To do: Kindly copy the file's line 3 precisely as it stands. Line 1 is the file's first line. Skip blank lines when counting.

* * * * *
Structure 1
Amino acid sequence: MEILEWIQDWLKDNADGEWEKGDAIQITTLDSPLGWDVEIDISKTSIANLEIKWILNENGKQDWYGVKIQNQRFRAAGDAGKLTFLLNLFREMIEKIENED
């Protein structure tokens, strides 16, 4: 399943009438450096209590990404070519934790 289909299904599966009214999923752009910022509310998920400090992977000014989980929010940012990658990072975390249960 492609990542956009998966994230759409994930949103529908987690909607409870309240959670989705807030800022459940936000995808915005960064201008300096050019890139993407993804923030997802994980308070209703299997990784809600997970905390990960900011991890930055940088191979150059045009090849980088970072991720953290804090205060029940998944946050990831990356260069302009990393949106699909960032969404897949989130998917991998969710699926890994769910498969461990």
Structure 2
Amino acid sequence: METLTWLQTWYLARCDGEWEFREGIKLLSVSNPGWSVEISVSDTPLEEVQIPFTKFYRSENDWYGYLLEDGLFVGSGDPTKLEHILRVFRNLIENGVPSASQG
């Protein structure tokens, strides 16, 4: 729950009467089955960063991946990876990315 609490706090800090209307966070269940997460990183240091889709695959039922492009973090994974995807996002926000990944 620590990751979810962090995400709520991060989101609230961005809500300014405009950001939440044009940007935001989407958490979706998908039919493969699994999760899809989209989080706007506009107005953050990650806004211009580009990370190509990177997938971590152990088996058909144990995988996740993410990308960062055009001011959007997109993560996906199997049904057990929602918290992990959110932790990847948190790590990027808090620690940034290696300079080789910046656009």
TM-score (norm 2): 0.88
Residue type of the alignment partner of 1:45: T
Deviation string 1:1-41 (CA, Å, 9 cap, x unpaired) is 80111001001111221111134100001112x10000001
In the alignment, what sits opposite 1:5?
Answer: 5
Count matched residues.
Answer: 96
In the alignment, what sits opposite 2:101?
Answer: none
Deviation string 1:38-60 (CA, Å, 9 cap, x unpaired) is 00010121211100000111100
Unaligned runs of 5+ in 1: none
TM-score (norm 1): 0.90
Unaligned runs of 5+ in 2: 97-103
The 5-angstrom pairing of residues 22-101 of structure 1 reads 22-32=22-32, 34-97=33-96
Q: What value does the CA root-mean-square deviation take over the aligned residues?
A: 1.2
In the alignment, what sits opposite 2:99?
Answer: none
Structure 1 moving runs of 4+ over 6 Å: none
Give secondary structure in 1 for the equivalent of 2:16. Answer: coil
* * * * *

């Protein structure tokens, strides 16, 4: 399943009438450096209590990404070519934790 289909299904599966009214999923752009910022509310998920400090992977000014989980929010940012990658990072975390249960 492609990542956009998966994230759409994930949103529908987690909607409870309240959670989705807030800022459940936000995808915005960064201008300096050019890139993407993804923030997802994980308070209703299997990784809600997970905390990960900011991890930055940088191979150059045009090849980088970072991720953290804090205060029940998944946050990831990356260069302009990393949106699909960032969404897949989130998917991998969710699926890994769910498969461990």